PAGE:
Me, Juno, and Jamie Lynn Spears
This weekend, I rented the Oscar-nominated film, Juno. It's easy to see why this little film generated such buzz. It's funny, smart, and heartwarming. It also brings up the perpetually relevant topic of teens, sex, unplanned pregnancy and the ever-contentious issue of "choice". As a mom, these are issues of great interest to me. As someone who has personally dealt with an unplanned pregnancy prior to marriage, it is also a subject dear to my heart.
After watching Juno, I came across an opinion piece in the Boston Globe about the film by Ellen Goodman, a well-known feminist writer. Goodman is critical of Juno and a "wave of movies about unexpectedly pregnant women - 'Knocked Up', 'Waitress', and 'Bella' - all deciding to have their babies and all wrapped up in nice, neat bows". She expresses deep concern for the row of tweens sitting in front of her in the movie theater while she watches Juno. What misleading messages, she asks, are "being absorbed through their PG-13 pores"?
Goodman is certainly not alone in her thinking. Many adults, pundits and parents alike, expressed outrage at the recent announcement of 16 year-old television star, Jamie Lynn Spears' pregnancy. In a society that offers abstinence as an "option" for teens and follows up with information about "safe sex", the parental fury over Jamie Lynn is presumably about her carelessness and ultimately, her decision to keep her baby - not her sexually active status. And understandably, no one wants to see a teenage girl go through the stigma of pregnancy, the pain of giving up a child, or the hardships of raising a child when one is seemingly ill prepared.
When I first learned that I was pregnant, I was 27 and in the middle of a series of on-air live auditions for a seat on ABC's "The View". I knew that the producers were seeking a single 20-something and that my untimely pregnancy would likely cost me the job, no matter how well I performed. Moreover, the auditions (11 in total) were going to continue for several months due to the immense ratings boost they were providing the network; it would be nearly impossible to disguise my condition through the process. I made the difficult decision to publicly announce my pregnancy (on the show). Sean and I got married in a small ceremony a month and a half later in Arizona.
I was in a committed relationship, but I was not engaged when I learned of my pregnancy. Sean was still in law school and I was on the verge of launching a television-hosting career on the hottest daytime talk show. Professionally speaking, the timing couldn't have been worse. Plus, I was deeply aware of the embarrassment and disappointment this would cause my devout Catholic parents.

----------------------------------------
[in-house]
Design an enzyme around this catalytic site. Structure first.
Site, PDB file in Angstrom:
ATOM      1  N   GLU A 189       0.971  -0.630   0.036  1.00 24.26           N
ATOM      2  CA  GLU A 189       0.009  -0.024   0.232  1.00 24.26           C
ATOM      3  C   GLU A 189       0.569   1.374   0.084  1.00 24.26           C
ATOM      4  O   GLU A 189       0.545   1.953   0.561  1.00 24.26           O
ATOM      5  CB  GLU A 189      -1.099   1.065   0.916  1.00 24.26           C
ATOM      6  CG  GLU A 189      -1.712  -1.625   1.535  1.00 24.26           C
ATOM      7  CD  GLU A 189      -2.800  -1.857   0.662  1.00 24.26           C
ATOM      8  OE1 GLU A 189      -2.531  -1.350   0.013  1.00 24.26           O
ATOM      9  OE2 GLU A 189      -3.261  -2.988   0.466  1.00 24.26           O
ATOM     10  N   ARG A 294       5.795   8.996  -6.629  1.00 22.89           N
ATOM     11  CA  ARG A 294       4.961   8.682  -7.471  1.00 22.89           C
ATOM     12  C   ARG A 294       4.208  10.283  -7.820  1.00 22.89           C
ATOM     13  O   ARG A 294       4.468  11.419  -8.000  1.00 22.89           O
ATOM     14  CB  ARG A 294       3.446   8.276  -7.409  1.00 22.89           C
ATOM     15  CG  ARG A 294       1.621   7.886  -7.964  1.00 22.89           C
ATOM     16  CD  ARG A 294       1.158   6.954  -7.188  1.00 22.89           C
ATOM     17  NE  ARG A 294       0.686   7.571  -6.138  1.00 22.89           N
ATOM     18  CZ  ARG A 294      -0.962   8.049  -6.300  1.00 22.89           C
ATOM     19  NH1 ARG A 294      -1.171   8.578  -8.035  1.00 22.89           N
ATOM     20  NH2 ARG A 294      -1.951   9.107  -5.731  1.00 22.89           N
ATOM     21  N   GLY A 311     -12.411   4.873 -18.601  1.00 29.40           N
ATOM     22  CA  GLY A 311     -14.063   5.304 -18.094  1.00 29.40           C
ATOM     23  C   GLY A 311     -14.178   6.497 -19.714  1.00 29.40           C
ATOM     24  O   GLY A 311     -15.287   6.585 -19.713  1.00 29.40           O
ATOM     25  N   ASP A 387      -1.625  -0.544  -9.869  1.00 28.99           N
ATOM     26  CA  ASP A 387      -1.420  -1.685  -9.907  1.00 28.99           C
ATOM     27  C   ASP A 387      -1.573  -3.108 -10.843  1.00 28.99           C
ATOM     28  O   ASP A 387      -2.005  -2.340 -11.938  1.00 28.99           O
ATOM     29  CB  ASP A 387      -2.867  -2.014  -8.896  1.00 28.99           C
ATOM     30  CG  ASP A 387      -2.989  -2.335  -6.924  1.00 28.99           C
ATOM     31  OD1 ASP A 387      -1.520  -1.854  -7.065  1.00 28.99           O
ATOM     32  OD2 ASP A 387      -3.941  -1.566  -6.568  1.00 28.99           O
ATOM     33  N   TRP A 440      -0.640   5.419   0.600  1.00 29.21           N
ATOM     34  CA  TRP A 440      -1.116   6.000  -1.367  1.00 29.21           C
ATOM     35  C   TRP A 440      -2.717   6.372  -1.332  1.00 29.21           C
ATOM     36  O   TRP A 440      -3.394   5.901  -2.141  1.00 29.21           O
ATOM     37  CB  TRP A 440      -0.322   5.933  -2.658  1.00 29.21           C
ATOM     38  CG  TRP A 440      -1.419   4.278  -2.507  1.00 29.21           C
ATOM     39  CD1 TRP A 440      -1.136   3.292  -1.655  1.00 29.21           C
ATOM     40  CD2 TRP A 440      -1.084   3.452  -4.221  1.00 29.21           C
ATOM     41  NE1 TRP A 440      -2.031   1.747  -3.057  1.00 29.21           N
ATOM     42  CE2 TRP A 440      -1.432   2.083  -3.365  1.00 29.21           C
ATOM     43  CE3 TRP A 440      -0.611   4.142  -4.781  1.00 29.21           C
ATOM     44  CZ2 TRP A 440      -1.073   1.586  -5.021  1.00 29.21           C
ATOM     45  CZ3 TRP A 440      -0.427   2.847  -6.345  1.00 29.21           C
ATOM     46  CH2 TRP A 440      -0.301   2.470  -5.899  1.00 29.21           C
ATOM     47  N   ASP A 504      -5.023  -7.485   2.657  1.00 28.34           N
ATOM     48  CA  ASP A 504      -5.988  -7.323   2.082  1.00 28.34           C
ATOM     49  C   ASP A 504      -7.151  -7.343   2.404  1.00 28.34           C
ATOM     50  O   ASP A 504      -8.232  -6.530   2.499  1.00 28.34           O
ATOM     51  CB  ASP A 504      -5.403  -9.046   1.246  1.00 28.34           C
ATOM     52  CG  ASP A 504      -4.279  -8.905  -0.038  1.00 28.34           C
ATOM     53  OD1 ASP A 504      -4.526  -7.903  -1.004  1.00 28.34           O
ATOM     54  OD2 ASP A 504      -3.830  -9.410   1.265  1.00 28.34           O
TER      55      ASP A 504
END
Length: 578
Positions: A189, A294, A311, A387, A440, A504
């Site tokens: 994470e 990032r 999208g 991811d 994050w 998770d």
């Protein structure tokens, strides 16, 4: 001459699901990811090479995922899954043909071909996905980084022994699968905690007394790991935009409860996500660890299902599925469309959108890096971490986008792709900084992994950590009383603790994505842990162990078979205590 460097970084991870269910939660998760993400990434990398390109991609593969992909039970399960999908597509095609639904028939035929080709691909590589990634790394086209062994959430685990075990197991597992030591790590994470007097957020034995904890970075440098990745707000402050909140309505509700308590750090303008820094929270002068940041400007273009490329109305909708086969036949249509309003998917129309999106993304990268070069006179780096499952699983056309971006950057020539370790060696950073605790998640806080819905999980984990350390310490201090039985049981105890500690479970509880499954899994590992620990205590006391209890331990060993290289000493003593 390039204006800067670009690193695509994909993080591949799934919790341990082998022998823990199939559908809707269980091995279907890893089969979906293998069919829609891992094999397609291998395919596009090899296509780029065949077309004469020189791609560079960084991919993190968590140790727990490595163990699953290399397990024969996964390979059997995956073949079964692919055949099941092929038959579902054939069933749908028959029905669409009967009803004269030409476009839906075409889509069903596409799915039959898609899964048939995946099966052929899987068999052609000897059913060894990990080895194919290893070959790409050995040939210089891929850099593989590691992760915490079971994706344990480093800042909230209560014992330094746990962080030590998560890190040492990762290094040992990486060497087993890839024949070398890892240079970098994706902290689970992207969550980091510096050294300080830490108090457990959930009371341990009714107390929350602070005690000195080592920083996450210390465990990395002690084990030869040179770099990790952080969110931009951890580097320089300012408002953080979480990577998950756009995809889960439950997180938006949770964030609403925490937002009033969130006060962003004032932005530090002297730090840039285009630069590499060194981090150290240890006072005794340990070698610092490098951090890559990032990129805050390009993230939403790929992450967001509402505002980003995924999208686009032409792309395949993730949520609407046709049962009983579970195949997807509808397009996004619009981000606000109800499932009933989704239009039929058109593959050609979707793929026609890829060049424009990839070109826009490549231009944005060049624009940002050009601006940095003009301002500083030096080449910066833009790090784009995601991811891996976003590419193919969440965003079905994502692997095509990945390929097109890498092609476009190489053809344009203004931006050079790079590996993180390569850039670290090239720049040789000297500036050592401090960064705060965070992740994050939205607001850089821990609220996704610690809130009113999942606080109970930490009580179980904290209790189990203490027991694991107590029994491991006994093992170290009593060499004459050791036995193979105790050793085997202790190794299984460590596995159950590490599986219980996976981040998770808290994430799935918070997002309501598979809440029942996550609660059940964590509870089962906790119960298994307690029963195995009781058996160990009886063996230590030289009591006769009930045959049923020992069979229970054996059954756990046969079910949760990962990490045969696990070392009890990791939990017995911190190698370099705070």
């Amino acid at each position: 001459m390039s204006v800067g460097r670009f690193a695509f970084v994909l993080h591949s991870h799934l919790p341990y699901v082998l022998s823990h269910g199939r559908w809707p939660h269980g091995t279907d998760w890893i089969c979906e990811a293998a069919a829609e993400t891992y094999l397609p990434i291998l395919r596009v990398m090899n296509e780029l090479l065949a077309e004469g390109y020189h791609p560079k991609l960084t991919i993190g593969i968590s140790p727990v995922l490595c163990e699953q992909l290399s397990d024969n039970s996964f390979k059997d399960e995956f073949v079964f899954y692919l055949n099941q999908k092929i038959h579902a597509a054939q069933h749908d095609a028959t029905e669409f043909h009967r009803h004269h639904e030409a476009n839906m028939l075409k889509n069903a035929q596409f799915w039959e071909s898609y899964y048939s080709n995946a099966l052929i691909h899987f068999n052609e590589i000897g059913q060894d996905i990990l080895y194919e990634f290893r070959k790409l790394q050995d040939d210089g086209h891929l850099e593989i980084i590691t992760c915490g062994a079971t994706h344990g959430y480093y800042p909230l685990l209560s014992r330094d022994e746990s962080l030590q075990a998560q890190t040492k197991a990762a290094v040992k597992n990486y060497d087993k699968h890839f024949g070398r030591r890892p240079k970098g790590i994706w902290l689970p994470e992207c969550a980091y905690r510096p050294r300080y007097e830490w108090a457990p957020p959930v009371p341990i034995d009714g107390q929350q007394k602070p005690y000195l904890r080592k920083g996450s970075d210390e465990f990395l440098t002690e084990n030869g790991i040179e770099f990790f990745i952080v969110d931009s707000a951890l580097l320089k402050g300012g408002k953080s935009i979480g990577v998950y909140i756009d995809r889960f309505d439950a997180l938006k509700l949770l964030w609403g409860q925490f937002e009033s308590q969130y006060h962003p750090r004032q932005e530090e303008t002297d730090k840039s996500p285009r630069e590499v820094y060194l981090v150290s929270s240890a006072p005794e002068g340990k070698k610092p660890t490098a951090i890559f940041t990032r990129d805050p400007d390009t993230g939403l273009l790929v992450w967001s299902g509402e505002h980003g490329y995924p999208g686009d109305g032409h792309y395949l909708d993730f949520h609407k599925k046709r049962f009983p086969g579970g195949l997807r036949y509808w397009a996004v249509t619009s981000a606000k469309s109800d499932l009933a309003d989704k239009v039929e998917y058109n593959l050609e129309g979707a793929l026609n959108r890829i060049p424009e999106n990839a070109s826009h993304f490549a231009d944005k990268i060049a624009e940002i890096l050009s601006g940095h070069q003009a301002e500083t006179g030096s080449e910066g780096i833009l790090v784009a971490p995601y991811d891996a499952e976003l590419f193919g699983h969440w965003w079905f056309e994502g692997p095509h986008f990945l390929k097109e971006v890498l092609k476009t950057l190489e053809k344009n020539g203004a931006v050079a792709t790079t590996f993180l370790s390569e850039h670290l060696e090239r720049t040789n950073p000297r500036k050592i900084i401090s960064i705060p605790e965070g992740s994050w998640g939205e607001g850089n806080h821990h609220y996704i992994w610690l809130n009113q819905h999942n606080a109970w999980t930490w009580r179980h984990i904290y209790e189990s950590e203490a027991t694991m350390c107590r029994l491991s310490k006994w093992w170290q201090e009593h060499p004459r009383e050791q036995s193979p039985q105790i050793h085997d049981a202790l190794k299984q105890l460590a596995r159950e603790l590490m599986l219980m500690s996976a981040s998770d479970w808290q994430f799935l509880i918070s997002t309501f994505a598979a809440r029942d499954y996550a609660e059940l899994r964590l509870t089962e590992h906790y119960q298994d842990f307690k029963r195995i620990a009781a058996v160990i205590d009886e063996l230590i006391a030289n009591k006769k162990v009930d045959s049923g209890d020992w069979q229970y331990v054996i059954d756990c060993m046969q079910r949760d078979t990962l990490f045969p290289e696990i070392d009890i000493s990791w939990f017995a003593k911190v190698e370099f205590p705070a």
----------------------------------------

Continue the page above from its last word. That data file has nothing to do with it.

Of course, there are difficulties that one must endure in making any tough choice. Witness Juno waddling through the school hallway, missing out on prom, and enduring the stares of peers, the judgmental look of a school secretary and the insensitive comment of an ultra sound technician during one of her prenatal visits. Her wit, good humor, and steely exterior did little to dissipate the pain I felt for her during those scenes - a testament to the fine acting skills of this film's rising star.
I was not a teen, but I could certainly relate to the feelings of despair that drove Juno into the "Women Now" clinic. However, what Juno (and the women in the other movies) learn, is that life's problems always look their worst when they first present themselves. In those moments we are very susceptible to underestimating our own strength and the willingness and ability of others to help us through. But it is precisely when we are gripped by fear and self-doubt that courage counts most. The films and heroines that Ellen Goodman dismisses as "fantasy" all celebrate this little life secret, crumpled bow and all.
As I have come to learn for myself, an unplanned pregnancy and child often results in unplanned and unexpected joy - and not just for the mother. What Goodman and others, fail to grasp is that in order for that to happen, one must have faith, hope, and the unsullied optimism of a teenage girl to believe in such things.
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